Saturday, December 10, 2011

A Wish Come True for D.D. Roy


D.D. Roy joins us this week to talk about her e-format experience with Jinnie Wishmaker, which hit the top ten in the "Youth and YA" section of Books On Board two weeks ago. 

First let's hear what the book is about. 
Eleven-year-old Jinnie has a dilemma--she can grant wishes, but she can't control the results. The school counselor tells Jinnie to join the Troubled Tweens, a group of kids with similar power problems. Maddy’s touch makes anyone explode in anger. Grace can make people like her--as long as they don’t let go of her arm.

But their loose use of magic attracts the attention of the Loki, a group of magic thieves and pranksters. They want to steal an open-ended wish from Jinnie, and it will take all the limited and messed-up magic she and her friends possess to make sure their powers don’t fall into the Loki’s greedy hands


D.D. Roy
What were your initial thoughts about e-publishing? Have those initial thoughts changed now that you’ve done it?

I wasn't sure I ever wanted to self-publish. I didn't think I would be good at marketing. But this particular book had gotten so close to publication that I couldn't just let it go. When I had an opportunity to be one of five authors featured on BooksOnBoard.com, I decided to go for it with this novel.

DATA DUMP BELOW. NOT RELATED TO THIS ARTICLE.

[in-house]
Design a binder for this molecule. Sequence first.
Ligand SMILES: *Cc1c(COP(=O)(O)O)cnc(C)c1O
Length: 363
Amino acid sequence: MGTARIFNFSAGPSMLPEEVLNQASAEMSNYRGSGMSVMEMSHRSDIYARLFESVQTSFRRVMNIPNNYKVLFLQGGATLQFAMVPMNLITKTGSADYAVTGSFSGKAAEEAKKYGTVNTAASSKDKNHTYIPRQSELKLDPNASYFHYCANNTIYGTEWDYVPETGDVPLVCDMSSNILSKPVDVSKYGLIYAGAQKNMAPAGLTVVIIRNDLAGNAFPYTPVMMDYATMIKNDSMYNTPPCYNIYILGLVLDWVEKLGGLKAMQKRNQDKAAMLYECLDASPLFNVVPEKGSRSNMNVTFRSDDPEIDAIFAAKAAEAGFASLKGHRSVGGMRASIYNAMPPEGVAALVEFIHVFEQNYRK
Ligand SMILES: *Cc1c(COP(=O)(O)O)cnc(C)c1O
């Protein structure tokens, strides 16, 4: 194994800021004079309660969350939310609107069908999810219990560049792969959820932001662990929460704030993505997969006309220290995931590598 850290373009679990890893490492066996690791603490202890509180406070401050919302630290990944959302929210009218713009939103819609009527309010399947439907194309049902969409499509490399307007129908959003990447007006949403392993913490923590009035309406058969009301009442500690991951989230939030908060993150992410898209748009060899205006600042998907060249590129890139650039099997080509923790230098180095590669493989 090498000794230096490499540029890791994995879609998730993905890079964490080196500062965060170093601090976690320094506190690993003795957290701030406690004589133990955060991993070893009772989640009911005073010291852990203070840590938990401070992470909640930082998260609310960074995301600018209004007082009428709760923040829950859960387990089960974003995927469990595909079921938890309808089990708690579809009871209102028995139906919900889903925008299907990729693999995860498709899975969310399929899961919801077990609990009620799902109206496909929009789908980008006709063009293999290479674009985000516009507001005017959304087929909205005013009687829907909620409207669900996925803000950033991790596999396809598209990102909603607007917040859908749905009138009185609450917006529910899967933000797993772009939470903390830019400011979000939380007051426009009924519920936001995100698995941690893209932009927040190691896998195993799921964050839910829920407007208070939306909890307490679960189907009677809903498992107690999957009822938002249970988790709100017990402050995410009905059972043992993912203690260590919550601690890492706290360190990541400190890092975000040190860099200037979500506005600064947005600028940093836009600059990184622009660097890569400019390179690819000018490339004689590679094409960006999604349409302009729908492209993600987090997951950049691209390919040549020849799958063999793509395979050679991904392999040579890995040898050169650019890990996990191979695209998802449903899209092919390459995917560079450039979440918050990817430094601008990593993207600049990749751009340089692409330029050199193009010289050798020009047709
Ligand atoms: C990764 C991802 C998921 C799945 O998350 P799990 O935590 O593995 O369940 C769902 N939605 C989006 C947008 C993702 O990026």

After rising to the #2 place in Youth/Young Adult at BooksOnBoard, I knew I'd done the right thing. I went ahead and moved the book to the Kindle and Nook, and I'm having a great time with  my new blog geared toward middle school readers. Magical mood rings! Lava lamps that block out evil eavesdroppers! Who wouldn't love that? I've decided to just have fun with it.

Do you think e-publishing will eventually take over print publishing? 

I think paper books will become the candles of the future. We still use candles, and love them, but we don't use them as our primary source of light. [Great analogy!] There will always be a place for physical books in our lives, particularly board books with touch-and-feel elements, but eventually most of our reading will be digital. My kids have learned they can sample hundreds of books at home, and now holding a book feels clunky, particularly thick books.

What top factors do you believe put your e-book where it is now?

I was lucky that over twenty agents asked to read this book based on the summary and had input in how to improve it. I absolutely believe their guidance made Jinnie a better book. 
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See more bestselling authors and their books at this week's Kids' E-book Bestseller list.